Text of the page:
Just over 20 years ago, the country of Rwanda suffered a devastating civil war and genocide, with more than 800,000 dead in 100 days. The children that suffered and survived the horrors are now adults, but what implications does this dark history have on Rwandan children today? Rwanda’s economic, political and social climates have entirely shifted since these tragic events. Of note, from 2001-2015, the country’s overall extreme poverty rate decreased by almost 24%. But more work is needed to help address the prevalence of poverty among the country’s youngest inhabitants. To that end, the national government has implemented the National Strategy for Transformation, aiming to halve the child poverty rate by 2030 from 39% to 19.5% or less. Here are five facts about child poverty in Rwanda.
5 Facts About Child Poverty in Rwanda
- Urban/Rural Divide. The provinces located in the West and South of Rwanda’s geographic landscape are significantly more rural, making child poverty disparities extremely visible compared to their urban counterparts. There are many different forms of poverty, but significant aspects affecting Rwanda’s rural youth include lack of sanitation and lack of health services. Currently, 20% more children under the age of 2 in rural areas experience greater than one form of poverty relative to those living in urban areas.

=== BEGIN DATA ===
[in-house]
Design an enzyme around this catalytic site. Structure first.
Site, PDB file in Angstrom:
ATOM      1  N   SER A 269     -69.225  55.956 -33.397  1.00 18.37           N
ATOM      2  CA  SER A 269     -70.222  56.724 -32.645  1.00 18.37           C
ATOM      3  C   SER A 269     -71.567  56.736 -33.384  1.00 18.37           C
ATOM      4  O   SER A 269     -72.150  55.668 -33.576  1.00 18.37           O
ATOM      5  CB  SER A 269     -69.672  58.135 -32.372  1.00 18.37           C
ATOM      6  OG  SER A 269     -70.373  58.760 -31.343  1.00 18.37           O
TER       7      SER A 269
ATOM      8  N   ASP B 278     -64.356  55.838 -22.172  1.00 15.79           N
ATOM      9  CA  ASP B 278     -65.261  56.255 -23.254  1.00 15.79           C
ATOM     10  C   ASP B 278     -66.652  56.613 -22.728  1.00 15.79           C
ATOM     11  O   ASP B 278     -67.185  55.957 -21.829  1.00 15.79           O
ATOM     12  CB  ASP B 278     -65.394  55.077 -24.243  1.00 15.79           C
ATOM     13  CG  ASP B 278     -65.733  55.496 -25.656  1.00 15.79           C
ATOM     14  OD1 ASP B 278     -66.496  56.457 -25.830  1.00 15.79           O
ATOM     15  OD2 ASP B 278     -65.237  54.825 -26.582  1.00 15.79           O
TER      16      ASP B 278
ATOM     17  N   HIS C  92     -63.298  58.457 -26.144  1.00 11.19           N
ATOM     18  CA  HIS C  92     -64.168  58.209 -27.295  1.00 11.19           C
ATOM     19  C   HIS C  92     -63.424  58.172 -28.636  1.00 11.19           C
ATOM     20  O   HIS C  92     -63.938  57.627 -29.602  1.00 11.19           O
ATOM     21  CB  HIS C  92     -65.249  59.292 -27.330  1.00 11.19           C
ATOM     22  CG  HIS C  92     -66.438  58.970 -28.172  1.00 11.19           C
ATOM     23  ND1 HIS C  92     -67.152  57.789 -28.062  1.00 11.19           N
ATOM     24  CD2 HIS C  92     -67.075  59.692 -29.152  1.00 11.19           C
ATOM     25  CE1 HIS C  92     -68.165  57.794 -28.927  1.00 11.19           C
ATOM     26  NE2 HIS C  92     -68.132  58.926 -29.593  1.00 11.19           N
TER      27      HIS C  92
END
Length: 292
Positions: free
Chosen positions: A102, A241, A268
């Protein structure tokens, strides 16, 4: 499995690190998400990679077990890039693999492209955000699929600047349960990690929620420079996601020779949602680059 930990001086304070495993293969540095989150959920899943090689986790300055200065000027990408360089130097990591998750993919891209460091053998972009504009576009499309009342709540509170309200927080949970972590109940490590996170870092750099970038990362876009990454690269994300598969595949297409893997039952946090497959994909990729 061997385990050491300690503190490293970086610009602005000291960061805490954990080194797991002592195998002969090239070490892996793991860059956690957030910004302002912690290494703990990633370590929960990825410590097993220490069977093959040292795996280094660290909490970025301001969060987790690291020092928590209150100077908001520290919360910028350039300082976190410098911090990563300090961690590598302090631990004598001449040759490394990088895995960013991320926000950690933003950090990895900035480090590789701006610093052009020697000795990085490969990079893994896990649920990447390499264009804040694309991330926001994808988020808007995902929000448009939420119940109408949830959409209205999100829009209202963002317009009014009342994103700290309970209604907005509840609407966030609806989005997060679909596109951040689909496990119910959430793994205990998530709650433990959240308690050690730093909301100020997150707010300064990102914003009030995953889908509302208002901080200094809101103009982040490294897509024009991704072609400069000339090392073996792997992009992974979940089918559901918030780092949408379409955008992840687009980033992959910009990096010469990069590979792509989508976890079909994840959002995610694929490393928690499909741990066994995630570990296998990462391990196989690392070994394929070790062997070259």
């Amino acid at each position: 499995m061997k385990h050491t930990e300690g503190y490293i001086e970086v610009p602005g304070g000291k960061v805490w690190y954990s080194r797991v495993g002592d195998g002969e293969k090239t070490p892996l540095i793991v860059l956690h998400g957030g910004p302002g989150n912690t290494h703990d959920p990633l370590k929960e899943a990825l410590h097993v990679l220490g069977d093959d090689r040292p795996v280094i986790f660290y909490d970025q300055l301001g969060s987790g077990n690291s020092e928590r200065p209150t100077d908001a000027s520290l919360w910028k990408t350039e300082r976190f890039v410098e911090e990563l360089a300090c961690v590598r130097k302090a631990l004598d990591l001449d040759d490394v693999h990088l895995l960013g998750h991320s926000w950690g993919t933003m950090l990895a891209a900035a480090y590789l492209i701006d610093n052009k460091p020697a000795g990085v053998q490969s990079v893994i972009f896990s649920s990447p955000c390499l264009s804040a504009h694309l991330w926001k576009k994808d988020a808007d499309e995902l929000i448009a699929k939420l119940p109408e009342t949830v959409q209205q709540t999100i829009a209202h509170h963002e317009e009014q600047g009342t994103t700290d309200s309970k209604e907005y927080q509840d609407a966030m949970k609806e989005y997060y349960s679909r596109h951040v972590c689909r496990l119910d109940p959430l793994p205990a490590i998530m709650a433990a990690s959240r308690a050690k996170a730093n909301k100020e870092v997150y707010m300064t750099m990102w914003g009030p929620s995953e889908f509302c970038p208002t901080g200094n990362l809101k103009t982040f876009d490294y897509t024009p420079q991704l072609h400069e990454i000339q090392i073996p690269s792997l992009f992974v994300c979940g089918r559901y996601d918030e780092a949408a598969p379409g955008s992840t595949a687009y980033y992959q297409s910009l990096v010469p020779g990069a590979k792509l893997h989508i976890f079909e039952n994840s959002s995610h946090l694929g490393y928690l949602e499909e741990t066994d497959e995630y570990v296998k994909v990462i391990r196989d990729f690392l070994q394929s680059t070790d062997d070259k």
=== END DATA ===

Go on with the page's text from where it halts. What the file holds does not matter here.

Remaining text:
- Health. There have been significant health improvements for children in Rwanda, including the 70% reduction in child deaths over the last decade. However, health and healthcare are still lacking for Rwandan youth, as nearly 40% of children who die before the age of 5 are infants less than one month old. Though the rate of child deaths is alarming, Rwanda has significantly decreased its HIV/AIDS transmission rate between mother and child to 2% during the last three years.
- Education. Around 27% of secondary school-aged children did not attend in 2014 and more than half of Rwandan youth did not complete primary education in the same year.
- Child Rights. The median age in Rwanda is very young, standing at about 18.8 years old, due to the country’s genocide decades earlier. The young demographic has caused an increased awareness of child rights in the country, which has led to the passage of a bill that created a National Commission of Children. Children’s rights are now openly advocated for in the country as a result of the commission’s efforts, which address children’s rights to education, health and non-discriminatory practices.
- COVID-19. Rwanda experienced a period of economic growth and improvement prior to the COVID-19 pandemic. Fortunately, the World Bank Group provided funding of $14.25 million to help the country improve its COVID-19 response. Children in Rwanda have suffered by losing financial security and job access. Still, young farmers in the region have successfully adapted to the pandemic by adjusting the market for crops to save their lands and maintain a profit.
– Josie Collier